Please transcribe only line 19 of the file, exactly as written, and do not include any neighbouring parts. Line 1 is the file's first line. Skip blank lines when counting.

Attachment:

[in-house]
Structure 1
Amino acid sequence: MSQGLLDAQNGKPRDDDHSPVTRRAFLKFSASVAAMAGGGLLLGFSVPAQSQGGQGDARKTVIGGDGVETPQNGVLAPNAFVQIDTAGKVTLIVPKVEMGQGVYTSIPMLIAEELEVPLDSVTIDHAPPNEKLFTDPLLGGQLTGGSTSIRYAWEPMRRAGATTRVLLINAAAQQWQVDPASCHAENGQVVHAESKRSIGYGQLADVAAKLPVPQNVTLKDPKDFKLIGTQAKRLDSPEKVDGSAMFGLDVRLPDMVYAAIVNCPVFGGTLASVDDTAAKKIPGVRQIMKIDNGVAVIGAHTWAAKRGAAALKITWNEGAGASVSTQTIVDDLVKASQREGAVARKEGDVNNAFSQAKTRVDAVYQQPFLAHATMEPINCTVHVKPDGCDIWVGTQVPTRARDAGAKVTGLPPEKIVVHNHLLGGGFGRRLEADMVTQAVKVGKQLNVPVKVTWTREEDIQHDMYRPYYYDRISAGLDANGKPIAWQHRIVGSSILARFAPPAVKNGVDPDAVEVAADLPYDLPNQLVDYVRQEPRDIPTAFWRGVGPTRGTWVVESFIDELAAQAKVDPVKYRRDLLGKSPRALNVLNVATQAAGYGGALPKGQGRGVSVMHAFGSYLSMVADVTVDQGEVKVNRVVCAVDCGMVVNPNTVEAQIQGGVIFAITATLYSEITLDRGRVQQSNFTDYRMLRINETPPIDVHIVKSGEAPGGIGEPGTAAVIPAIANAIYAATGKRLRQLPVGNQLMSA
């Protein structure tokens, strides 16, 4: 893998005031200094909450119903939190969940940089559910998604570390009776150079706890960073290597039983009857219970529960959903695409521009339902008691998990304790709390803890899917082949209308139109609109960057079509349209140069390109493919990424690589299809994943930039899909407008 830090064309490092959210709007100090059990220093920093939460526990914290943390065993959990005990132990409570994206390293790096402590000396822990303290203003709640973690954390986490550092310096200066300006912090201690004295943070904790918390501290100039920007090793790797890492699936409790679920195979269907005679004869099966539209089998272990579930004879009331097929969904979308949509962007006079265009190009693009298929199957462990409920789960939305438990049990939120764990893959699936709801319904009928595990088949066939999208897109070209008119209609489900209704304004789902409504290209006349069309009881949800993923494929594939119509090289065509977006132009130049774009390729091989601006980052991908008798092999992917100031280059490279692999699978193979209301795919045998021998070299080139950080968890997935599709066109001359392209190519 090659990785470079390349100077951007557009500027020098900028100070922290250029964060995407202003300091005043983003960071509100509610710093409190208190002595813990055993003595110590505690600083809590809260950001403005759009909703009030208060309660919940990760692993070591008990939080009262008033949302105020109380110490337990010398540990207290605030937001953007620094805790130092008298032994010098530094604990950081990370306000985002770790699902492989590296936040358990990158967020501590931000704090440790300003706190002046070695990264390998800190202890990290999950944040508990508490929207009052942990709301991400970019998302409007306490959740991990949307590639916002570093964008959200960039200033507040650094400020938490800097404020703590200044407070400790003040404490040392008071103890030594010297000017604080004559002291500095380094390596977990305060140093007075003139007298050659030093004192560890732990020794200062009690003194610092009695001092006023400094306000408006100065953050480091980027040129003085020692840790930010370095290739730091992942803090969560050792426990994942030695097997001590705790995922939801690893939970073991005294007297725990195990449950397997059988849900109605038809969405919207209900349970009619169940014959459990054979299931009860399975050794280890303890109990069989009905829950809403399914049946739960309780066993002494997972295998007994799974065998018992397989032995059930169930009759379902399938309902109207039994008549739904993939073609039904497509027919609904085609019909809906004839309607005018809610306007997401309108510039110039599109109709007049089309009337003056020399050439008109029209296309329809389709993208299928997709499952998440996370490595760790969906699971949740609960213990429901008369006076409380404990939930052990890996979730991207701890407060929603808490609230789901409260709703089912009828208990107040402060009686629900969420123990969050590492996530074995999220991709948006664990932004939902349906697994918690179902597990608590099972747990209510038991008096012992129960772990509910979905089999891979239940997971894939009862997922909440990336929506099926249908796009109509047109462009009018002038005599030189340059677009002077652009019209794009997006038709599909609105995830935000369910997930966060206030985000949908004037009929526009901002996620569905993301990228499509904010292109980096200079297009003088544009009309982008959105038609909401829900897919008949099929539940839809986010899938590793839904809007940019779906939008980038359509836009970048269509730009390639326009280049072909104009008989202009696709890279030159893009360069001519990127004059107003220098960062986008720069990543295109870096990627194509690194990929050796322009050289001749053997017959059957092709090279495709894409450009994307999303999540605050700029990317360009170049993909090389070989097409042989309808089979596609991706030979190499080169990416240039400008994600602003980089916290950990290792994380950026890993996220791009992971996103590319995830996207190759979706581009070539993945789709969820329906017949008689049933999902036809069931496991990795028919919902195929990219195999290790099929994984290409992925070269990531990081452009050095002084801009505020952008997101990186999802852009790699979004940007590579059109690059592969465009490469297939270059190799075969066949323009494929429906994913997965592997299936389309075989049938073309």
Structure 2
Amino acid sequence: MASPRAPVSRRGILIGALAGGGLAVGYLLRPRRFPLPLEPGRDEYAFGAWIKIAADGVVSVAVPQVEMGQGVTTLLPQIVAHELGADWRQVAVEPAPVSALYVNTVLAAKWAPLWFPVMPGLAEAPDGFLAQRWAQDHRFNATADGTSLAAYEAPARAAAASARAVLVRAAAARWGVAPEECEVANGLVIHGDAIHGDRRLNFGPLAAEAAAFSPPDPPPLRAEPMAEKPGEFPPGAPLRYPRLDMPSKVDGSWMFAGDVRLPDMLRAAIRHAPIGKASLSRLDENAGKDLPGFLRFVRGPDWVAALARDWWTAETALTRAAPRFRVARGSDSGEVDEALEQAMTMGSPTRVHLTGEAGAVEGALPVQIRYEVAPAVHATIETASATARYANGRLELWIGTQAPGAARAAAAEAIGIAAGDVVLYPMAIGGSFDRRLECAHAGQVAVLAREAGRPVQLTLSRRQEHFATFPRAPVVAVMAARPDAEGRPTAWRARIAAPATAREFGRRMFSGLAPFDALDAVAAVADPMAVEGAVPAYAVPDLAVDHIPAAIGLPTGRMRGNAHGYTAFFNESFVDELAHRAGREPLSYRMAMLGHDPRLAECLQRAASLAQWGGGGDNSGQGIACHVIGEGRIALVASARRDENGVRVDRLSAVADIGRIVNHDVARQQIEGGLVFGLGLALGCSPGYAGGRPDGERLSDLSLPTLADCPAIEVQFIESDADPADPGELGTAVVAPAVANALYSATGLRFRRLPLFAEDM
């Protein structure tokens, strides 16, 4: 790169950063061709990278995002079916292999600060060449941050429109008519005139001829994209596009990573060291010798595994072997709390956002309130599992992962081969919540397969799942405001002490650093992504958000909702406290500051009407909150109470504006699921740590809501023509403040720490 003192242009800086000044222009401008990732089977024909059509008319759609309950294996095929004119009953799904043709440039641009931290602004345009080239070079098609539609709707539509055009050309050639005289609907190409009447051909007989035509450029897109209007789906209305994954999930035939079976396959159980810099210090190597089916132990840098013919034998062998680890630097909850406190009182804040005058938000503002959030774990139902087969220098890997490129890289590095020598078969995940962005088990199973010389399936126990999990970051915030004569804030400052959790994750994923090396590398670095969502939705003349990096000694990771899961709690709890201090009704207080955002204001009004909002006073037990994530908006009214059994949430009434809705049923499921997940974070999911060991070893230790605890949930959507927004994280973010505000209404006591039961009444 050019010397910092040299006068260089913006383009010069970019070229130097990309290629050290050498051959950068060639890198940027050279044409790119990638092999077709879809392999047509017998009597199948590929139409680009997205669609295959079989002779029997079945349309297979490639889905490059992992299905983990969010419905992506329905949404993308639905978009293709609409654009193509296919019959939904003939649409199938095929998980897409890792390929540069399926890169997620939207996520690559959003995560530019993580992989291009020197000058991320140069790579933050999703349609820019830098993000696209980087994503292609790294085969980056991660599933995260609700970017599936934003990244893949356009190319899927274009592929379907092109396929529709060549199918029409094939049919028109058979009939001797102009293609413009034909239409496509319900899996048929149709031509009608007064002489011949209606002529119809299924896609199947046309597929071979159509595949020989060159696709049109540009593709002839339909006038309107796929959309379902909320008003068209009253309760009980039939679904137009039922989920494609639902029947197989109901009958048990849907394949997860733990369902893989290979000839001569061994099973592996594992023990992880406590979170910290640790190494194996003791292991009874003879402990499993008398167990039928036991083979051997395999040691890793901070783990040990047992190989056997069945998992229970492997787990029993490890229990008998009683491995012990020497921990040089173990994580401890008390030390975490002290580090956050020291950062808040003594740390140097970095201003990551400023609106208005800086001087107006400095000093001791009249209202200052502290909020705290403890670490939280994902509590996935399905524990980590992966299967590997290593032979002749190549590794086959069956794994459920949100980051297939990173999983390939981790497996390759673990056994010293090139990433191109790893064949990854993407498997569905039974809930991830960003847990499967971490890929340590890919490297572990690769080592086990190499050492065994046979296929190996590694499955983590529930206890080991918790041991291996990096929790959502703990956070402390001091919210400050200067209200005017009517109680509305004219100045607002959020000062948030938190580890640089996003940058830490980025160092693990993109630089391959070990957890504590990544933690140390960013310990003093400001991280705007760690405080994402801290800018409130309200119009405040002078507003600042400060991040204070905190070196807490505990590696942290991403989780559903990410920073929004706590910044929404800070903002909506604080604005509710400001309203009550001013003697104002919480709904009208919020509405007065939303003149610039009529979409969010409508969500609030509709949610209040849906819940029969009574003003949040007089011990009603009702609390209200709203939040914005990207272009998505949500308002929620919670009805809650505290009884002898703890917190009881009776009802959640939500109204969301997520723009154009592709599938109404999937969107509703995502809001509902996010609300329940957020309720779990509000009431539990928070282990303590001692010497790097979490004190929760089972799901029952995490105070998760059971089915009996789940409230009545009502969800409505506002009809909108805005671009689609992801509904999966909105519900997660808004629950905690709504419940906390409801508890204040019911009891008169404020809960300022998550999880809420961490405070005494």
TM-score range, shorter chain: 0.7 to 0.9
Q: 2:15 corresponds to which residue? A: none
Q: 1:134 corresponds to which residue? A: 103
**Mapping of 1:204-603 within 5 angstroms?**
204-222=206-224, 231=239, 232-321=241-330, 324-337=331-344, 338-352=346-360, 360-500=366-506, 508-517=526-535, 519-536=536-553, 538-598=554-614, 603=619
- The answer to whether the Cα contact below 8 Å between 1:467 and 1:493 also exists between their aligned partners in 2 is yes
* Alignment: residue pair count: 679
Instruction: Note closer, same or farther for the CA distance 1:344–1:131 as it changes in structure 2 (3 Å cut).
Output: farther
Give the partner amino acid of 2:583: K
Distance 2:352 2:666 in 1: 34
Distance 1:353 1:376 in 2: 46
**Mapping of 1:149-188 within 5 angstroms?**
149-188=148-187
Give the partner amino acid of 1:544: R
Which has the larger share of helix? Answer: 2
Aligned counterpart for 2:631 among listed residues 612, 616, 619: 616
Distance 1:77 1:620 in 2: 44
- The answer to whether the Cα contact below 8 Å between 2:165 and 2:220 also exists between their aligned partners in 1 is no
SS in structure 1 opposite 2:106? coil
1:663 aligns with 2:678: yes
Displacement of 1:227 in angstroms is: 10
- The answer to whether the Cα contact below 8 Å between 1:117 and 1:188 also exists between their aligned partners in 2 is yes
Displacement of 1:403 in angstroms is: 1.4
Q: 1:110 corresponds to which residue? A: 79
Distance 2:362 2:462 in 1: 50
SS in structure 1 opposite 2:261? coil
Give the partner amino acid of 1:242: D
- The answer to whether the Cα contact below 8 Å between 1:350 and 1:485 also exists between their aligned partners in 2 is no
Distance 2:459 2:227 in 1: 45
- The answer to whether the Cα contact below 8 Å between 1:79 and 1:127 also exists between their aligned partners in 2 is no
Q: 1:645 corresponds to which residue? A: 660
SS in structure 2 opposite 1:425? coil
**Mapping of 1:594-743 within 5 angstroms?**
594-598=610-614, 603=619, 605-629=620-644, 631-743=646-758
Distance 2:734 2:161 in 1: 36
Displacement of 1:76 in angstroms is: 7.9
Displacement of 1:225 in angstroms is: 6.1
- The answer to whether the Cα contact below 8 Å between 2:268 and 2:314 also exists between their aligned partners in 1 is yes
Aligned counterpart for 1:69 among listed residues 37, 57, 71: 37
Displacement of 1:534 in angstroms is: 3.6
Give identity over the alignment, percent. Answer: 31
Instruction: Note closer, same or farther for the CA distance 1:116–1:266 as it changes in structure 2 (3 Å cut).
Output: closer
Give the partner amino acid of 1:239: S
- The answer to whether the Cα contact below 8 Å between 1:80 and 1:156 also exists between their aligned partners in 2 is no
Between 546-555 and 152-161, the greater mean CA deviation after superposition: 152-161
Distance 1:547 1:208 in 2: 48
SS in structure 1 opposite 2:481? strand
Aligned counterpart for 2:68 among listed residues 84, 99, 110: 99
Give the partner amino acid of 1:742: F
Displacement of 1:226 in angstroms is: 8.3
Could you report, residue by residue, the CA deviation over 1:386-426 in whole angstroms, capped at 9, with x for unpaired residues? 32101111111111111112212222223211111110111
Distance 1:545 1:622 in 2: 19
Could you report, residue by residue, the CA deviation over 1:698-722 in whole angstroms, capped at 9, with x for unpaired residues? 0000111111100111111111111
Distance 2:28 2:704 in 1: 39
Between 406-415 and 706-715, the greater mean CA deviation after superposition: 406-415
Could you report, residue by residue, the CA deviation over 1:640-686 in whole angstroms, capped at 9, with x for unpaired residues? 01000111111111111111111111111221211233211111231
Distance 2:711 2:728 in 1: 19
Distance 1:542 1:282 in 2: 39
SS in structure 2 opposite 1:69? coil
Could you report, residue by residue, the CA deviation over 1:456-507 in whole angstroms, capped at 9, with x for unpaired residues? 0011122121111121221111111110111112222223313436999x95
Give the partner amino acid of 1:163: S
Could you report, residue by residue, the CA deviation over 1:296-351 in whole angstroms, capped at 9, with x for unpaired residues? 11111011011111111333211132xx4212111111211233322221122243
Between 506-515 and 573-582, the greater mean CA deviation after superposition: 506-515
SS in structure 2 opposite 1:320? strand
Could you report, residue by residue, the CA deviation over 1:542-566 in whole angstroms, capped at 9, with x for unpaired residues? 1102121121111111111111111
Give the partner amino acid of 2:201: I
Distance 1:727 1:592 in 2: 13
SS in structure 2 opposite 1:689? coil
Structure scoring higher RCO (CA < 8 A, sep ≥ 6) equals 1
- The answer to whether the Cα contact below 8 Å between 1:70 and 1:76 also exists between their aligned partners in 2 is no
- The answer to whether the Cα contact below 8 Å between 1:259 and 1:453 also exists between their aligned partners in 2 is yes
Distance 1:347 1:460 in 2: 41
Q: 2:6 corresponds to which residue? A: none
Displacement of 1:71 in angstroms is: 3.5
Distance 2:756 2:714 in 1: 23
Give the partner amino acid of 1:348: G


Distance 1:353 1:376 in 2: 46